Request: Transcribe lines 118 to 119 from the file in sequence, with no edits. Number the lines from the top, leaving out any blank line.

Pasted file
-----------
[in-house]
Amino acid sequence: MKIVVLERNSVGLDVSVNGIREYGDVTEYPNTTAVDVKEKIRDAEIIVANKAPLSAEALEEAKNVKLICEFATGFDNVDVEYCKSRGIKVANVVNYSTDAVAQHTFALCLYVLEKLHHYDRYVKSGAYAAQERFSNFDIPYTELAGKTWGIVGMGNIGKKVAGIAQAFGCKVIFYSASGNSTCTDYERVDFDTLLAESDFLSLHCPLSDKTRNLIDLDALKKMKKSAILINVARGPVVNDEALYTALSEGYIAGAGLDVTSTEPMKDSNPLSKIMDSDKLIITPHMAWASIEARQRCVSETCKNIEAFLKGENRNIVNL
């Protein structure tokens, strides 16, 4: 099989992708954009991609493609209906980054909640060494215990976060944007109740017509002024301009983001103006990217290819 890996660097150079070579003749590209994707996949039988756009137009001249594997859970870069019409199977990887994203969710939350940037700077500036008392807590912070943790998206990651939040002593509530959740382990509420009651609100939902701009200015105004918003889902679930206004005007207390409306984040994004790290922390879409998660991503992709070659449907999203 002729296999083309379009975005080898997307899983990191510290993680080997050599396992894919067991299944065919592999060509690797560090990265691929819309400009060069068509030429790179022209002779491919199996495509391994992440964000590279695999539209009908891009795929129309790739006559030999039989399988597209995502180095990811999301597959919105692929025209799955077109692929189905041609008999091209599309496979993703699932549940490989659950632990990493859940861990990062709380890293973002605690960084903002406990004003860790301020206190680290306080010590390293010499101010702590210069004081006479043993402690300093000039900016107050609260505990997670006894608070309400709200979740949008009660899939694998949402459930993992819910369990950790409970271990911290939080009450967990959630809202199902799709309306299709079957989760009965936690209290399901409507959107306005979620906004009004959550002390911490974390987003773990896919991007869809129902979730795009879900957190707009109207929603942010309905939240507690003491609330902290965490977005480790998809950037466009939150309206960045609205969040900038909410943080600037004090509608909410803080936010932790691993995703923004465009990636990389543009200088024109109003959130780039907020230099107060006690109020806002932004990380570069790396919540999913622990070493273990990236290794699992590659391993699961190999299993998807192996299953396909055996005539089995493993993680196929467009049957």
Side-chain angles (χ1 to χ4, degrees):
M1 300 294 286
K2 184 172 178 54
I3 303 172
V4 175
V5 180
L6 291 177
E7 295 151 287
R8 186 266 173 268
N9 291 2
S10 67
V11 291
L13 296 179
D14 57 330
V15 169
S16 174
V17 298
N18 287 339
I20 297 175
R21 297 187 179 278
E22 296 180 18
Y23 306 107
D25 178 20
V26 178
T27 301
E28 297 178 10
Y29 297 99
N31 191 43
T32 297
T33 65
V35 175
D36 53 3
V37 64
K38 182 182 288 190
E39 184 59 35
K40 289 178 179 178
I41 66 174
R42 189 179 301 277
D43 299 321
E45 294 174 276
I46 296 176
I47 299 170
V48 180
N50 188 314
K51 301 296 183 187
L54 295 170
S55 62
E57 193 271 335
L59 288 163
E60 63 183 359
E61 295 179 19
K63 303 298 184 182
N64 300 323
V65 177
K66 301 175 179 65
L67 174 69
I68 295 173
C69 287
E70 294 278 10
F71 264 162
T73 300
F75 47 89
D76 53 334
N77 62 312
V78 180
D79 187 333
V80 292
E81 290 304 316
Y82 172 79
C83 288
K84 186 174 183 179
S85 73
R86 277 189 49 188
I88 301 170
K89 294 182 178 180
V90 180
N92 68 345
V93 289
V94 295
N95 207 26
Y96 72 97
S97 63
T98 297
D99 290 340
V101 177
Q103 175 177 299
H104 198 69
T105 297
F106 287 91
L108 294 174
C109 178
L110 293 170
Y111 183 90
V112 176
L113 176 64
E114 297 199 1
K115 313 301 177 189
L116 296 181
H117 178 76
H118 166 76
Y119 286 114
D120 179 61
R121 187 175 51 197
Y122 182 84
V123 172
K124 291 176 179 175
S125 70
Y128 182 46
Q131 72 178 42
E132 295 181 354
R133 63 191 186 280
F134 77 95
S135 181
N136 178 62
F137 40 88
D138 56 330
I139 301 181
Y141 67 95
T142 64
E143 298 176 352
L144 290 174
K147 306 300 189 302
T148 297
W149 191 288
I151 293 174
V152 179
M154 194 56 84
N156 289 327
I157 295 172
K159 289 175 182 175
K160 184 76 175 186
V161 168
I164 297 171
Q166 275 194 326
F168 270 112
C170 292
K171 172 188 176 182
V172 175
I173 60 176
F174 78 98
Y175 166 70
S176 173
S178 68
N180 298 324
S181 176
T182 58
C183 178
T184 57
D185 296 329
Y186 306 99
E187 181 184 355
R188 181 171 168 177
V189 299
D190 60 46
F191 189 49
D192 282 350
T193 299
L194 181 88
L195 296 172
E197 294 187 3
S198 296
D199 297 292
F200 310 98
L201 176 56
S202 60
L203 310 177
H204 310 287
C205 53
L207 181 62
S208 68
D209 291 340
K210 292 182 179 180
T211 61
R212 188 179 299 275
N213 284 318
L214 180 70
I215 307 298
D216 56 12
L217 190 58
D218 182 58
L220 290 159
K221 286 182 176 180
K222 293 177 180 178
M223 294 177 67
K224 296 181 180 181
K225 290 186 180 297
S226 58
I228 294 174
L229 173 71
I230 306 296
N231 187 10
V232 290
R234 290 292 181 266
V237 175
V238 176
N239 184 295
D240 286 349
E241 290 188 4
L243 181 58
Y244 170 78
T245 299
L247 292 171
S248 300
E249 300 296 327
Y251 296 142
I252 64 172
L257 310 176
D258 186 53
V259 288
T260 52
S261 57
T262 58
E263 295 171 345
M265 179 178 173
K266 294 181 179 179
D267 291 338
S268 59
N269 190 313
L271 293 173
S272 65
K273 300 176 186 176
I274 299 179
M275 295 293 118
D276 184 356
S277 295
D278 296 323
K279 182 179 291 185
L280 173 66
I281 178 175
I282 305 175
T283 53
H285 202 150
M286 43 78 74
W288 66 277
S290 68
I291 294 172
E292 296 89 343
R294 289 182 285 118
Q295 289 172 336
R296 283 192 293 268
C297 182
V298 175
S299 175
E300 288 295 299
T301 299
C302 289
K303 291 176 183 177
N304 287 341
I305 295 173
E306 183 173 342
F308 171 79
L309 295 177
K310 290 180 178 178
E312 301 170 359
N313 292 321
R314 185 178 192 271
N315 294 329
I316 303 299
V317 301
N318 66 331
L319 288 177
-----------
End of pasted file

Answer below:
F137 40 88
D138 56 330